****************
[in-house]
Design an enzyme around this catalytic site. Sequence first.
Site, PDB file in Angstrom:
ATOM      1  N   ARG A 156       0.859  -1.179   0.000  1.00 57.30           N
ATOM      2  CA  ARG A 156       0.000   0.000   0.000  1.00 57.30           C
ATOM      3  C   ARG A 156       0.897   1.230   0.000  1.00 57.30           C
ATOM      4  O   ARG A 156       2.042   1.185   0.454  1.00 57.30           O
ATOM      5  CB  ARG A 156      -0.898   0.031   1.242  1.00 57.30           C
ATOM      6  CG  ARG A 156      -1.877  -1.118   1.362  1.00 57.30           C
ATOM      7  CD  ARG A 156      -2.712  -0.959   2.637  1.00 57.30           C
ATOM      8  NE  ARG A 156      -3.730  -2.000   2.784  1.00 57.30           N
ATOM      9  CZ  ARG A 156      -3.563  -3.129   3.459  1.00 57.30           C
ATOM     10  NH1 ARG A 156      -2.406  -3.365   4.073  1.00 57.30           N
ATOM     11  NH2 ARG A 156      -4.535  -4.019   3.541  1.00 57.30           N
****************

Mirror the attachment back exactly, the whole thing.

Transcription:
[in-house]
Design an enzyme around this catalytic site. Sequence first.
Site, PDB file in Angstrom:
ATOM      1  N   ARG A 156       0.859  -1.179   0.000  1.00 57.30           N
ATOM      2  CA  ARG A 156       0.000   0.000   0.000  1.00 57.30           C
ATOM      3  C   ARG A 156       0.897   1.230   0.000  1.00 57.30           C
ATOM      4  O   ARG A 156       2.042   1.185   0.454  1.00 57.30           O
ATOM      5  CB  ARG A 156      -0.898   0.031   1.242  1.00 57.30           C
ATOM      6  CG  ARG A 156      -1.877  -1.118   1.362  1.00 57.30           C
ATOM      7  CD  ARG A 156      -2.712  -0.959   2.637  1.00 57.30           C
ATOM      8  NE  ARG A 156      -3.730  -2.000   2.784  1.00 57.30           N
ATOM      9  CZ  ARG A 156      -3.563  -3.129   3.459  1.00 57.30           C
ATOM     10  NH1 ARG A 156      -2.406  -3.365   4.073  1.00 57.30           N
ATOM     11  NH2 ARG A 156      -4.535  -4.019   3.541  1.00 57.30           N